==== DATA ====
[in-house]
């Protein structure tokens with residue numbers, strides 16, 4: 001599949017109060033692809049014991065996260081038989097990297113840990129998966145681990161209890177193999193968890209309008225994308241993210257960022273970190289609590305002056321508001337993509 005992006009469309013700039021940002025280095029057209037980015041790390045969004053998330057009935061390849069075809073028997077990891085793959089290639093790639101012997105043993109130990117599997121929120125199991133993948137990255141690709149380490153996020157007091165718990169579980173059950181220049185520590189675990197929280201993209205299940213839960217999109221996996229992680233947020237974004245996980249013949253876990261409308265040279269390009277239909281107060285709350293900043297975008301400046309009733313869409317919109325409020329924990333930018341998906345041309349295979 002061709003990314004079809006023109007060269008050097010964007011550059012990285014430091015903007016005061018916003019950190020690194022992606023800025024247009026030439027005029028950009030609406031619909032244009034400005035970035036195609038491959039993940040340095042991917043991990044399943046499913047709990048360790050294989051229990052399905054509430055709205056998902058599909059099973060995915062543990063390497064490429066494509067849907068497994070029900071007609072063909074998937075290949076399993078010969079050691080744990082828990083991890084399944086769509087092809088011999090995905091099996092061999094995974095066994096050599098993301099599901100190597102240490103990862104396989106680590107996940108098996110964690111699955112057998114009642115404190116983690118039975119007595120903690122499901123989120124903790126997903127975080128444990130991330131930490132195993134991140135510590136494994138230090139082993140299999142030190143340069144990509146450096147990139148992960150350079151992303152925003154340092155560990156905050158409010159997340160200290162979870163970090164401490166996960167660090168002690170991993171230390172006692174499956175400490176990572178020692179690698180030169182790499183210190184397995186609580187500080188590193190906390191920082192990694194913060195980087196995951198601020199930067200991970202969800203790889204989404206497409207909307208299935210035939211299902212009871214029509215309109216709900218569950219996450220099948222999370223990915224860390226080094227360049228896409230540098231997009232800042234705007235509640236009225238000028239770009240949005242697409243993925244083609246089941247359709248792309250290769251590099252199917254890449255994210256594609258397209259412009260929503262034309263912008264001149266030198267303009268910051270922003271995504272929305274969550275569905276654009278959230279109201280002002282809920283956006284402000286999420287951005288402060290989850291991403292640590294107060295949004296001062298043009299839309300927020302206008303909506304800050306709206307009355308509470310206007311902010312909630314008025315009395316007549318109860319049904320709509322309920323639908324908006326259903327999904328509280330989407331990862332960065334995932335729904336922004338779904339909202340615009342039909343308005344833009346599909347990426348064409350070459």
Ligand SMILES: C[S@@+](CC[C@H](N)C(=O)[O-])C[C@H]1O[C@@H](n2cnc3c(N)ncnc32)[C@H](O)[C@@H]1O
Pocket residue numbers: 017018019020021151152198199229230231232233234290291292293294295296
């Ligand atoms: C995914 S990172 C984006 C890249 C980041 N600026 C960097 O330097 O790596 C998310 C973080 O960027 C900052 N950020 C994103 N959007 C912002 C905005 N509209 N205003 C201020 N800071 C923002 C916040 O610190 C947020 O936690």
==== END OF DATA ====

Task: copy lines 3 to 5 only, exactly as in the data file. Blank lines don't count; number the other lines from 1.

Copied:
Ligand SMILES: C[S@@+](CC[C@H](N)C(=O)[O-])C[C@H]1O[C@@H](n2cnc3c(N)ncnc32)[C@H](O)[C@@H]1O
Pocket residue numbers: 017018019020021151152198199229230231232233234290291292293294295296
């Ligand atoms: C995914 S990172 C984006 C890249 C980041 N600026 C960097 O330097 O790596 C998310 C973080 O960027 C900052 N950020 C994103 N959007 C912002 C905005 N509209 N205003 C201020 N800071 C923002 C916040 O610190 C947020 O936690």